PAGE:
When Google launched Extensions for Chrome in December, they had around 300 of them ready to go in their gallery. A day later, that number was already up to 500. By now, there are a few thousand available, and that number just got multiple by several times as Google has announced that the latest official version of Chrome, version 4, now natively supports Greasemoneky user scripts.
As Google engineer Aaron Boodman (who also happens to be the creator of Greasemonkey) writes today on the Chromium blog, on the popular site userscripts.org there are over 40,000 scripts alone. While he notes that not all of the user scripts written for Greasemonkey will work seamlessly with Chrome immediately (because of the differences between Chrome and Firefox), that should only affect 15%-25% of those over 40,000. He also notes that Google will continue to work on issues on their end to improve compatibility with these Greasemonkey scripts.
While neither side is likely to admit it, this is another big blow to Mozilla’s Firefox browser. Boodman wrote Greasemonkey in 2004 specifically for Firefox, and now he’s just helped a rival browser implement the majority of these scripts natively. And in fact, the native support works so well that Chrome actually treats these user scripts just like regular Chrome Extensions, so you can install and disable them in the same way you do with regular ones.
Boodman cautions users who choose to install these user scripts to be careful, as they can potentially access private data you’re browsing on a website. He notes that you should read the comments and descriptions on a user scripts’ page to figure out exactly what it’s doing before installing it. Still, there are a ton of very useful Greasemonkey user scripts out there, and this makes Chrome even better.
While obviously, Chrome 4 is only officially launched for Windows, the beta versions available for both Mac and Linux are also version 4. And actually, the newer dev builds across all platforms are already onto version 5, so these user scripts should work fine on all of them.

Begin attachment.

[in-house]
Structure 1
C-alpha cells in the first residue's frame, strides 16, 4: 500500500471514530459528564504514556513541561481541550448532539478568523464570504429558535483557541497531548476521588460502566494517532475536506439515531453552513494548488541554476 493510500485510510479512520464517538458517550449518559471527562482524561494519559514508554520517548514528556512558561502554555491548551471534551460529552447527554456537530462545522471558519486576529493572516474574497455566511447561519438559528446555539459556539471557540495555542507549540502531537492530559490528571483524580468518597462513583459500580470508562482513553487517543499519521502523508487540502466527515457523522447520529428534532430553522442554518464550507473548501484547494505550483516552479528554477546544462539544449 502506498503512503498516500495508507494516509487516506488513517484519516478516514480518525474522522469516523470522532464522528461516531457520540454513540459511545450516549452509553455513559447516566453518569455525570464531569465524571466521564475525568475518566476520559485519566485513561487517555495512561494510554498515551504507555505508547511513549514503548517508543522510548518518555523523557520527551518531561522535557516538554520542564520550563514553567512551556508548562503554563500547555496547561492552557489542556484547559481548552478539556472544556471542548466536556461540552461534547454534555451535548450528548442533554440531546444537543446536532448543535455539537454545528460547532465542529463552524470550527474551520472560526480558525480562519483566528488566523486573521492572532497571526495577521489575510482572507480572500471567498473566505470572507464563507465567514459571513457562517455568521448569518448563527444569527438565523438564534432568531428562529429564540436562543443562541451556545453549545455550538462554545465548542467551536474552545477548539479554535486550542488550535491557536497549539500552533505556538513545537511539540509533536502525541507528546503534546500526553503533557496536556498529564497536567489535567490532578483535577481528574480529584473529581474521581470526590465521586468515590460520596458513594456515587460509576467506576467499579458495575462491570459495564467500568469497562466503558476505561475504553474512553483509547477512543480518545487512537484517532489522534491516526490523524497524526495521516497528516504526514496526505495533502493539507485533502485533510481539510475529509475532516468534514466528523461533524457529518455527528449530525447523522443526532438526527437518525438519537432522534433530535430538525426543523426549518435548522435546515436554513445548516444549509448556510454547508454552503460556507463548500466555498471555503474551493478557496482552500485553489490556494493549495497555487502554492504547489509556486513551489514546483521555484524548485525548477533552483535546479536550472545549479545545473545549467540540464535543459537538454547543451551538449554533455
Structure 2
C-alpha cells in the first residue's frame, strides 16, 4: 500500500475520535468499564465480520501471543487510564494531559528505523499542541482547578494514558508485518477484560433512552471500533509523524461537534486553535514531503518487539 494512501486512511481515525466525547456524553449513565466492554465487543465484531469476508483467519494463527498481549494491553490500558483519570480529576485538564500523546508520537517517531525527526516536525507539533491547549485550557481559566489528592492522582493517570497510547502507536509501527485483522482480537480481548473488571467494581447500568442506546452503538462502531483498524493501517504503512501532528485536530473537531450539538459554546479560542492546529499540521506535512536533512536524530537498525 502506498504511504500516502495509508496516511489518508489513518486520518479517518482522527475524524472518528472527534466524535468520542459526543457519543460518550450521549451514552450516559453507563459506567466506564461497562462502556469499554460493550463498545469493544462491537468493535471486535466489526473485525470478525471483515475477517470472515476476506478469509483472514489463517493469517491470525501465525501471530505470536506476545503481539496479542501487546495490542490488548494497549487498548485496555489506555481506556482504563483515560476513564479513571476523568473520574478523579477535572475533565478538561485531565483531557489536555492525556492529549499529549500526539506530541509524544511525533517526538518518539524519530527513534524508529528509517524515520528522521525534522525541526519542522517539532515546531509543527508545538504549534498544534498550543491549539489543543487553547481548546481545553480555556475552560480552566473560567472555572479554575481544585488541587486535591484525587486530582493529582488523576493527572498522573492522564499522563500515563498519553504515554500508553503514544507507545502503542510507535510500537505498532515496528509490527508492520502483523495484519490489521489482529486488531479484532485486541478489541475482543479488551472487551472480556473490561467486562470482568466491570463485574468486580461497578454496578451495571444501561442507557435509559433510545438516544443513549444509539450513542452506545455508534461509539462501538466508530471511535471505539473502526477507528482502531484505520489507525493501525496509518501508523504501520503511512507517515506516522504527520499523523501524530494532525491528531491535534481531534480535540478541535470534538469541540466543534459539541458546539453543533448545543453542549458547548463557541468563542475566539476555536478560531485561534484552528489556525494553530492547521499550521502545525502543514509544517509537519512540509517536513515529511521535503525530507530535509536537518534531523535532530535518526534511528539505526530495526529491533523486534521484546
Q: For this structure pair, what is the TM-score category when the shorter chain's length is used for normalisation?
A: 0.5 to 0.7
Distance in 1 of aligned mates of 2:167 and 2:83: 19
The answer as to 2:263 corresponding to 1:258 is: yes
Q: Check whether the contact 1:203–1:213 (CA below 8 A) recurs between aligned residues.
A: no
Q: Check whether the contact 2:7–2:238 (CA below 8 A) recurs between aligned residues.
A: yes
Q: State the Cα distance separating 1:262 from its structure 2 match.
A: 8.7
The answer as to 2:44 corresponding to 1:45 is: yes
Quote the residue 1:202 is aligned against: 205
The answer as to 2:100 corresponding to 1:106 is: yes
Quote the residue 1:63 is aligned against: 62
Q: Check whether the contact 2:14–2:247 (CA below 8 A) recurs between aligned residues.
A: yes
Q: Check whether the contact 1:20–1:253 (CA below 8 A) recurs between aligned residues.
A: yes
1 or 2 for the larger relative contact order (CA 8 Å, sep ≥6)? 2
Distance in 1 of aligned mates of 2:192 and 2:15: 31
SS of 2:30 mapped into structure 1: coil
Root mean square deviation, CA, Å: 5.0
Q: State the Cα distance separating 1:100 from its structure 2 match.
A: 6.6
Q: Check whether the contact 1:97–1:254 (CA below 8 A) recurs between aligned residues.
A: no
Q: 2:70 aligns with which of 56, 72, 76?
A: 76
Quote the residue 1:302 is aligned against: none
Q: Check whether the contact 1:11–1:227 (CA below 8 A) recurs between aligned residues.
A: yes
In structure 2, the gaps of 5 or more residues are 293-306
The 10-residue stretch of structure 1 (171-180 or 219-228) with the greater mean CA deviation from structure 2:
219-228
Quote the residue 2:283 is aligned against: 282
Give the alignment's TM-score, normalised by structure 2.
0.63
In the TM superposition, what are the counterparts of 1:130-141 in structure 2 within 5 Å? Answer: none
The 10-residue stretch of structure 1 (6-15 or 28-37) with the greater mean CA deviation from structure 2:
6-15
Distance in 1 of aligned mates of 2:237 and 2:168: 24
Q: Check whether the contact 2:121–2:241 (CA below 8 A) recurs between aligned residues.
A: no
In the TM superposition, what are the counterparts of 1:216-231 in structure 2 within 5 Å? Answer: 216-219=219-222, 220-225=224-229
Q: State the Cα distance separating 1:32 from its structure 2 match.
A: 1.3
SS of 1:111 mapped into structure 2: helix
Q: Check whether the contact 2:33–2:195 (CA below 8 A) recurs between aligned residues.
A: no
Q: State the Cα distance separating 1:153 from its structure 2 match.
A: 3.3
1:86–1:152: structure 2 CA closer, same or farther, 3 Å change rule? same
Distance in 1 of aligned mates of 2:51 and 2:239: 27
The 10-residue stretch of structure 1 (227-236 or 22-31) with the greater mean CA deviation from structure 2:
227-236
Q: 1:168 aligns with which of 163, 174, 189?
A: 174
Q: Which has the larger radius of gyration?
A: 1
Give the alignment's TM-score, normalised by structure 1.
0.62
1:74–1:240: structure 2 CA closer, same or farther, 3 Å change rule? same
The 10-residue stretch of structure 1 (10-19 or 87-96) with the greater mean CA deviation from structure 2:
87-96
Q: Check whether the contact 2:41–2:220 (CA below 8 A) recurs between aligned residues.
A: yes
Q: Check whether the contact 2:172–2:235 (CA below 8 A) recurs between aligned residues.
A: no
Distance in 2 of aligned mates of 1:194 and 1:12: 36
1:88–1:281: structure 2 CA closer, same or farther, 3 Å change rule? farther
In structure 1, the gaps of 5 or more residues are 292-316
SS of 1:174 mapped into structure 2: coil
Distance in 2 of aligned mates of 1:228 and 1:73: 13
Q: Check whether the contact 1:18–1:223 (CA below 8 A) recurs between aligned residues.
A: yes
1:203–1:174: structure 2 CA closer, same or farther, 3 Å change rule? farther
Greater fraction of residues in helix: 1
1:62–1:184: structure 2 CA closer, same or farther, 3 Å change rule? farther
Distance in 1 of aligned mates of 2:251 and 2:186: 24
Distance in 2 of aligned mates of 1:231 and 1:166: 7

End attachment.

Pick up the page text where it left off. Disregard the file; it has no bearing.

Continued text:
Google Chrome is an based on the open source web browser Chromium which is based on Webkit. It was accidentally announced prematurely on September 1, 2008 and slated for release the following day. It premiered originally on Windows only, with Mac OS and Linux versions released in early 2010. Features include: Tabbed browsing where each tab gets its own process, leading to faster and more stable browsing. If one tab crashes, the whole browser doesn’t go down with it A...
Firefox is a Web browser created Mozilla Corporation. Since its release in 2002 (as Phoenix 0.1, later named as Firebird then Firefox as of 0.8 to present), the browser has become one of the most popular Web browsers in the market, trailing only Microsoft’s Internet Explorer as of July 2009.
Aaron Boodman is the author of Greasemonkey. Greasemonkey is Mozilla Firefox extension that allows users to install scripts that make on-the-fly changes to most HTML-based web pages. He is currently an engineer at Google working on Chrome.